Autophagy is a conserved cellular process whereby long-lived and aggregated proteins, as well as excess and damaged organelles are targeted by a double membrane vesicle or autophagosome for elimination.
Basal autophagic activity is present in all cells and plays a homeostatic role, allowing the use of basic molecular components (amino acids) as building blocks or energy source.
Physiologically, autophagy plays critical roles during organismal development and immune response, by regulating growth and cooperating with the adaptive immune system. In disease states, such as neurodegenerative conditions, inefficient autophagic activity leads to the accumulation of abnormal proteins and formation of intracellular aggregates. Autophagy provides a mechanism to battle and eliminate infectious pathogens. In cancer, autophagy plays a role in promoting or inhibiting tumor growth in a system and stage dependent manner.
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Types of Autophagy
Macroautophagy involves the sequestering of cytosolic components within a double membrane organelle called the autophagosome, transport to the lysosome, and the subsequent cargo degradation. Hereafter, macroautophagy is referred to as autophagy.
Autophagy can occur either via non-selective (bulk) degradation or through selective elimination of cytosolic components including pathogens, protein aggregates, and dysfunctional organelles. Many organelles have specific autophagy pathways for functional maintenance such as mitophagy (mitochondria), ER-phagy (endoplasmic reticulum), pexophagy (peroxisomes), and lysophagy (lysosomes).
The process of autophagy is divided into a series of steps: induction, nucleation and phagophore formation, elongation and autophagosome formation, fusion with the lysosome to form the autolysosome, and degradation. In the initial step, the dephosphorylation of ULK1 increases the activity of the ULK1/ATG13/ATG101 complex, and induces autophagy. Autophagy-related (ATG) proteins and complexes are at the center of many of these steps and multiple ATG proteins are critical during elongation and autophagosome formation. Briefly, ATG7 mediates ATG5-ATG12-ATG16L1 complex formation and together with ATG4 and ATG3 processes pro-LC3 to phosphatidylethanolamine (PE) lipid-conjugated form, LC3-II, which associates with the autophagosome membrane. View Macroautophagy Products.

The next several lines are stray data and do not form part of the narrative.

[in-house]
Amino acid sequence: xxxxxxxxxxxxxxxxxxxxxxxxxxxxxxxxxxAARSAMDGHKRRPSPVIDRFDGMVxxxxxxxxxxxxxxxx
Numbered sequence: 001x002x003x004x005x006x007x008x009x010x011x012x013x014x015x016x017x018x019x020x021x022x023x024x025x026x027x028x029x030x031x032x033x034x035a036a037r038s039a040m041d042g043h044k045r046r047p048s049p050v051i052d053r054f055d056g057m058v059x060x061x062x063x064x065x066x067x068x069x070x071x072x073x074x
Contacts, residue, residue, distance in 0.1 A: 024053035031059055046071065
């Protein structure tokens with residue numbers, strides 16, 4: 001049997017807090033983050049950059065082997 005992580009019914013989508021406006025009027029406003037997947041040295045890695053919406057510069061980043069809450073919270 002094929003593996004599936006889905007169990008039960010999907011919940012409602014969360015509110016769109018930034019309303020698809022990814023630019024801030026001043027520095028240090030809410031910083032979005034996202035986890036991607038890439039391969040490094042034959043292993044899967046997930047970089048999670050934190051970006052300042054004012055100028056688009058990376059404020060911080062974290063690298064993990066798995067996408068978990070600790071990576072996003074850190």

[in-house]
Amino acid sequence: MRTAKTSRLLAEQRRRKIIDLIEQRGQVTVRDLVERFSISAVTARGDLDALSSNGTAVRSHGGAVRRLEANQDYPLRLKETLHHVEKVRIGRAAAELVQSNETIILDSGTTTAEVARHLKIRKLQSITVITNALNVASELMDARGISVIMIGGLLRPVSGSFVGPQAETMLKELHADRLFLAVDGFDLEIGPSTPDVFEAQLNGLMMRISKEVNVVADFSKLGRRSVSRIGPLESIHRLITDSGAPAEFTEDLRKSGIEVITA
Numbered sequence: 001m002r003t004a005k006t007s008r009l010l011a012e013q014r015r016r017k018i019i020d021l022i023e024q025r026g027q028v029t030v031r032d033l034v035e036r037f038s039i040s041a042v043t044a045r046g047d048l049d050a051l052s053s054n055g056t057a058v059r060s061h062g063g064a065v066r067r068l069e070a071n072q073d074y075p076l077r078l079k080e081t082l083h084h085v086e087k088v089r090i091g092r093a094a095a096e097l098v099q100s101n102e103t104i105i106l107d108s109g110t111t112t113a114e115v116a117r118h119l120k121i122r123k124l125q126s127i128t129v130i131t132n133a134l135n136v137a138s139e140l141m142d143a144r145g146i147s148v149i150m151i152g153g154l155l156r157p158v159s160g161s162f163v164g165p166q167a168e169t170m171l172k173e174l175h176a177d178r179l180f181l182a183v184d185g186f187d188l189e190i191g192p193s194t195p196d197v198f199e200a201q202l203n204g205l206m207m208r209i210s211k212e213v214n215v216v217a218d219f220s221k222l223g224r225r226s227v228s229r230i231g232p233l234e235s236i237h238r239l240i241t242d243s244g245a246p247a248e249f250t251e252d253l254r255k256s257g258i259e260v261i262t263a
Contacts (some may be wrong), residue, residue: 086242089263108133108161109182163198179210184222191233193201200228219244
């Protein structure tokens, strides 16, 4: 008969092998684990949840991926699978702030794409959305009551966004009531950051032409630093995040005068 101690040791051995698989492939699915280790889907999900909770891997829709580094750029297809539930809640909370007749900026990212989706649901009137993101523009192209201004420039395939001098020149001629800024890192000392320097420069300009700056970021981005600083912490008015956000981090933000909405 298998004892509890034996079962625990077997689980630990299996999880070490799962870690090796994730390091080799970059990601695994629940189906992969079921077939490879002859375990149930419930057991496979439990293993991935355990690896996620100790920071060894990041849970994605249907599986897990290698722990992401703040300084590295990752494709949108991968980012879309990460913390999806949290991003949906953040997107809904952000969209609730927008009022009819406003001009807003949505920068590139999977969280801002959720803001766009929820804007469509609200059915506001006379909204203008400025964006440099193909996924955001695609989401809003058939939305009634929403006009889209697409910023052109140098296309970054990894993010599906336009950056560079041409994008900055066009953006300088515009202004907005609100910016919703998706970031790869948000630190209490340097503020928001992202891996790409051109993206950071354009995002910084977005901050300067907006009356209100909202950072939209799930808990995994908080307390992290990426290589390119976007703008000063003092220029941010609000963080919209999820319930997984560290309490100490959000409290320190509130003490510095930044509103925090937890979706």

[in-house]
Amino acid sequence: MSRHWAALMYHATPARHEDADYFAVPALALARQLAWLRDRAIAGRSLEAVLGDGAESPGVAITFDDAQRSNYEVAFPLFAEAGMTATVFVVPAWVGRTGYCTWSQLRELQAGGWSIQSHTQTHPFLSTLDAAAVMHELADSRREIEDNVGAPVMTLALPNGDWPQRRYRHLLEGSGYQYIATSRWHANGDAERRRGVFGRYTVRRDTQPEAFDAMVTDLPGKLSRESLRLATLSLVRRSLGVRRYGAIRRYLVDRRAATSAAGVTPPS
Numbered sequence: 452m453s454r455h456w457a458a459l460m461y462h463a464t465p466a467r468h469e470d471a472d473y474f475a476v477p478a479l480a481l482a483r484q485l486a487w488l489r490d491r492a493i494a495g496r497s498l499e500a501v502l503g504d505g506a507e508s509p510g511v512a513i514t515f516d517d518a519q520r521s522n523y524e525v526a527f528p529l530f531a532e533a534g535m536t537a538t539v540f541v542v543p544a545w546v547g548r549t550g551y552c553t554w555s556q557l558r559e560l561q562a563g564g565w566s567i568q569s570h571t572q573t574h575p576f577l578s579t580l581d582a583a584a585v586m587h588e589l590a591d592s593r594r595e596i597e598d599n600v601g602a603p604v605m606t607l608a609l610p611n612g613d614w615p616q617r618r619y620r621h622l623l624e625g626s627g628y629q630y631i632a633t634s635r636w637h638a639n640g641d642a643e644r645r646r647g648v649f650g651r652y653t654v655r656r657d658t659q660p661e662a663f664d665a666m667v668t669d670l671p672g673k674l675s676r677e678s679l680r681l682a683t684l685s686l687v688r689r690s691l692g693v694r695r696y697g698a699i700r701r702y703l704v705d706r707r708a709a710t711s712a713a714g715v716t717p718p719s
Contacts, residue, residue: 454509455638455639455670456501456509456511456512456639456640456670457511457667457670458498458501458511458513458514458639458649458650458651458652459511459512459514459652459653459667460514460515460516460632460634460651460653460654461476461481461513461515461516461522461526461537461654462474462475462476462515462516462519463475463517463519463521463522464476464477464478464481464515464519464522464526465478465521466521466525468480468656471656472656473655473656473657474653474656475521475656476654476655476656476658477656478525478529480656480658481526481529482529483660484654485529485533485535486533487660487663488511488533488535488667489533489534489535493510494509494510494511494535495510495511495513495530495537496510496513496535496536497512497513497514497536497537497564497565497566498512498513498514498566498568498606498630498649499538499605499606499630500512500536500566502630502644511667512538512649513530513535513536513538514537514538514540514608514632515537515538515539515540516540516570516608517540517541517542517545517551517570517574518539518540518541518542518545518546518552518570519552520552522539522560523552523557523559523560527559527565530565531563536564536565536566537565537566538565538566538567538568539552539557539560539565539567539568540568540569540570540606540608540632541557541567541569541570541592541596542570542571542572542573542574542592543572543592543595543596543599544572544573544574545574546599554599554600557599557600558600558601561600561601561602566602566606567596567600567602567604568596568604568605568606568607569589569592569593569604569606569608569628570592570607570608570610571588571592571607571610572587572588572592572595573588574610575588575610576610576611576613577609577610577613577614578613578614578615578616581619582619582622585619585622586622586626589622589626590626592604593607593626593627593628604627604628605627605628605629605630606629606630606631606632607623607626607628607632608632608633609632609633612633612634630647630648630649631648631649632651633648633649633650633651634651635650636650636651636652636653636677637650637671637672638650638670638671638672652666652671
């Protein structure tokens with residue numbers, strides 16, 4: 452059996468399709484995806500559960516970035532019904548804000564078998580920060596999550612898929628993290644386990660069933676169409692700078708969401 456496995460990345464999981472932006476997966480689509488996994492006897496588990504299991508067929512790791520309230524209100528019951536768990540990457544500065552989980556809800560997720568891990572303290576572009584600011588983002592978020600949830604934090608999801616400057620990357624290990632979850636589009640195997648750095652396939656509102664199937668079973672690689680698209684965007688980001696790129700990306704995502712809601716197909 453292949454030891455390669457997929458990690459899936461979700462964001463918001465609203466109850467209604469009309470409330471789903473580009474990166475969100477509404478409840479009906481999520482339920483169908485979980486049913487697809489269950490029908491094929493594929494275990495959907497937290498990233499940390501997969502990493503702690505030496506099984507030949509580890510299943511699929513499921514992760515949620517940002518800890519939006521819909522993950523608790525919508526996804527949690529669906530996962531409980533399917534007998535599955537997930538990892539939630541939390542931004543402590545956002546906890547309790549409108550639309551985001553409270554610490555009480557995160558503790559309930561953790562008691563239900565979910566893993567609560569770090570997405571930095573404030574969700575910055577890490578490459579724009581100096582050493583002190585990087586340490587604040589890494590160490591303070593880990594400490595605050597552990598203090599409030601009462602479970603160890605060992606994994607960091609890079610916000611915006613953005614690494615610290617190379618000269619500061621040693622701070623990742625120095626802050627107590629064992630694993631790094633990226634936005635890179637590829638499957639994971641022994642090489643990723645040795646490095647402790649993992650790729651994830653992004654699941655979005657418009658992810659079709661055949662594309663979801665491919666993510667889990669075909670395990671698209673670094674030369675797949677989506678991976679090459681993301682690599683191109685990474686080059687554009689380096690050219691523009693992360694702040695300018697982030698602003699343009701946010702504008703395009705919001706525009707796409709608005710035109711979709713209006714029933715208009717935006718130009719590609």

Microautophagy is the process where lysosomes directly engulf cytosolic components via lysosomal membrane invagination or protrusion without prior formation of an autophagosome. The vacuole containing cargo separates from the membrane, becoming internalized within the lysosome as a microautophagic body. Similar to what is observed in macroautophagy, the microautophagic body is lysed and the contents are broken down by vacuolar hydrolases into macromolecules that can be recycled. View Microautophagy Products.
Chaperone mediated autophagy (CMA) is unique from the other two types of autophagy in that the process does not involve generation of autophagic bodies. Similar to microautophagy, CMA also occurs independent of the autophagosome, however, CMA does not involve lysosomal invagination. Instead, chaperone proteins (e.g., heat shock cognate 70 protein; HSC70) recognize cytosolic cargo destined by degradation by their consensus sequence known as the KFERQ-like motif. This chaperone-cargo complex associates with membrane-bound lysosomal-associated membrane protein-2A (LAMP-2A), resulting in the translocation of the unfolded cytosolic protein into the lysosome. View Chaperone-Mediated Autophagy Products.
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